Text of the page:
There are a number of solutions for lights such as Philips Hue and Hive Active Lights (£19 per bulb). These will work just fine but are pretty much limited to a standard bayonet or screw fitting. If you’ve got the small bayonet or any of the other five sizes of Edison screw bulbs then there are no solutions. You can also forget all GU (Halogen and LED spotlight) bulbs along with fluorescent tubes.

It would appear that to automate half the lights in my house I either need to change almost all of the light fittings or wait until someone invents a smart switch to replace my standard light switches. Frankly, though there are solutions available, I want the same manufacturer’s kit as my heating and hot water so that I can use the same smart hub to run it all and interface with Alexa. Hive just don’t have the range currently.


Hive Active Plugs (£39 each) will enable Alexa to turn devices on and off for me, but here’s the disappointment. If I want Alexa to boil the kettle, I’ll need to have previously filled it with water. Turning my TV on will simply apply power to the TV but it will still be in standby mode. Active Plugs are good for things such as desk lamps which just have an on/off state, they’re not quite as good for anything else.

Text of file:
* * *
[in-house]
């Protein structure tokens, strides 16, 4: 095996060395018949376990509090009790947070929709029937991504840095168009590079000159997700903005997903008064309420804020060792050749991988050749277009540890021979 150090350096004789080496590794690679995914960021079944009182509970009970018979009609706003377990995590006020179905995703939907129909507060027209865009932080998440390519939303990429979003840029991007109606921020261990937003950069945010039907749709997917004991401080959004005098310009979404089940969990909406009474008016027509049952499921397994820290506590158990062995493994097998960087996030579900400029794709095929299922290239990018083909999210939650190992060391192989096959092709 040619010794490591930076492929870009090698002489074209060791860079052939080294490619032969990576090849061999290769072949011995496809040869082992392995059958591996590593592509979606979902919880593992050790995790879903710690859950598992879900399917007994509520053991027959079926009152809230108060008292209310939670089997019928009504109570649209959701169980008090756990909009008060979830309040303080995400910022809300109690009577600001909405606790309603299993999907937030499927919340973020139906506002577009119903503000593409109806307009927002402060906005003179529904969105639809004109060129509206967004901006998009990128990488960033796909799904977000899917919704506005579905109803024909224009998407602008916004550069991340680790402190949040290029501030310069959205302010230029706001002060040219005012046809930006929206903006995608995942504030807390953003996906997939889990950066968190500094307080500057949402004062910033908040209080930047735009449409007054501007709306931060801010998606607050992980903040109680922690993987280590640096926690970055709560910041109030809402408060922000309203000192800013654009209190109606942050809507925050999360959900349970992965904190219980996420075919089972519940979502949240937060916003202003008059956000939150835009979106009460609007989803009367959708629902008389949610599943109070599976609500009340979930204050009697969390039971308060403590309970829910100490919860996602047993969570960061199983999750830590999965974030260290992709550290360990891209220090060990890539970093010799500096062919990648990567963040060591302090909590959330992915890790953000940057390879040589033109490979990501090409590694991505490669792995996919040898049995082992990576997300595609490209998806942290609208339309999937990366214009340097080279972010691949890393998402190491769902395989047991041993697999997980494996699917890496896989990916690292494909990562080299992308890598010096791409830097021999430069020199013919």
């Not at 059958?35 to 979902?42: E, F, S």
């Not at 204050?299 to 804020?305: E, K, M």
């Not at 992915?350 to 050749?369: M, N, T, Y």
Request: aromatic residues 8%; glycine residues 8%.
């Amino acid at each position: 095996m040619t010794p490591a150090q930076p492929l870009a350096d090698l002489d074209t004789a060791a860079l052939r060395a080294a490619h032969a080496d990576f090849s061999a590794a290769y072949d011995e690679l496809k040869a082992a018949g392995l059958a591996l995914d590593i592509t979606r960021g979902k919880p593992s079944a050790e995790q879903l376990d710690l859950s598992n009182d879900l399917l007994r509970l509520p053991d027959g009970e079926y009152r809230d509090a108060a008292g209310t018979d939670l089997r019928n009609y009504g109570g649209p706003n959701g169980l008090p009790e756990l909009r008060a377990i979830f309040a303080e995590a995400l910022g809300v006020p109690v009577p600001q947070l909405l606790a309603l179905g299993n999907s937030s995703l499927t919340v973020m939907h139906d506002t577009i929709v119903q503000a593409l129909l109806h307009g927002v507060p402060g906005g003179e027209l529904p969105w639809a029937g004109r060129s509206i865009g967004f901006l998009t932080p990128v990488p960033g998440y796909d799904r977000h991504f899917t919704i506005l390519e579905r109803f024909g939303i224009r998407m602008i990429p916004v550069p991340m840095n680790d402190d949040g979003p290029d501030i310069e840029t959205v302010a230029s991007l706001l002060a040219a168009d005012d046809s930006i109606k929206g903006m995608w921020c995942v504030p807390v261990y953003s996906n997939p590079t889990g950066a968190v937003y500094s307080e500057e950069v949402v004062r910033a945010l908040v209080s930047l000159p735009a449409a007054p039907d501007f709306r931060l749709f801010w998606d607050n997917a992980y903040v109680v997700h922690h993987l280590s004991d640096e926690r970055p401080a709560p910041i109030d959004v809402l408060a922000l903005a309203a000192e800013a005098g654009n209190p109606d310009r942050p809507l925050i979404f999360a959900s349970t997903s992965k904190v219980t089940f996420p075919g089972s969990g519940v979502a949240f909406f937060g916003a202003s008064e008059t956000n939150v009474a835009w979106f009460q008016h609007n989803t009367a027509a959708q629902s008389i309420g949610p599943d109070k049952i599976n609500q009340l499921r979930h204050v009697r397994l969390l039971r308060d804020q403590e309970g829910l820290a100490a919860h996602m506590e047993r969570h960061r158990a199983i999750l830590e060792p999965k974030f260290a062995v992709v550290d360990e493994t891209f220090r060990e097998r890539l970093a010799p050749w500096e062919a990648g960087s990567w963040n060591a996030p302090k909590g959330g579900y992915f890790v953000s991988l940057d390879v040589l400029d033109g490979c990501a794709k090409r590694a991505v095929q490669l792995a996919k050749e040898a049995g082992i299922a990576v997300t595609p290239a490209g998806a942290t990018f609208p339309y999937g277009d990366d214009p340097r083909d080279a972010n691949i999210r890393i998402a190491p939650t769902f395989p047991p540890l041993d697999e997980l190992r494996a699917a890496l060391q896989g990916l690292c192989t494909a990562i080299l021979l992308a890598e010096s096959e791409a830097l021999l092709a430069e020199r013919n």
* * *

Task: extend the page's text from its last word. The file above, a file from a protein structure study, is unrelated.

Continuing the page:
Of course I want to say “Alexa, put on the BBC news” or “Alexa, turn the TV on when Dragon’s Den starts”, but this it would appear is nigh on impossible.Telling Alexa to record a program because I’m going to be out or to display a web page on my TV to illustrate a search result she’s just described to me is a pipe dream for the future.

I’ve been searching for a smart set top box which Alexa could control but these simply don’t appear to exist. Just getting Alexa to turn on a TV is problematic, we know we can apply power to the TV but it would appear that you need an infra red (IR) blaster hooked up to Alexa to actually take the TV out of standby and select an input or a channel.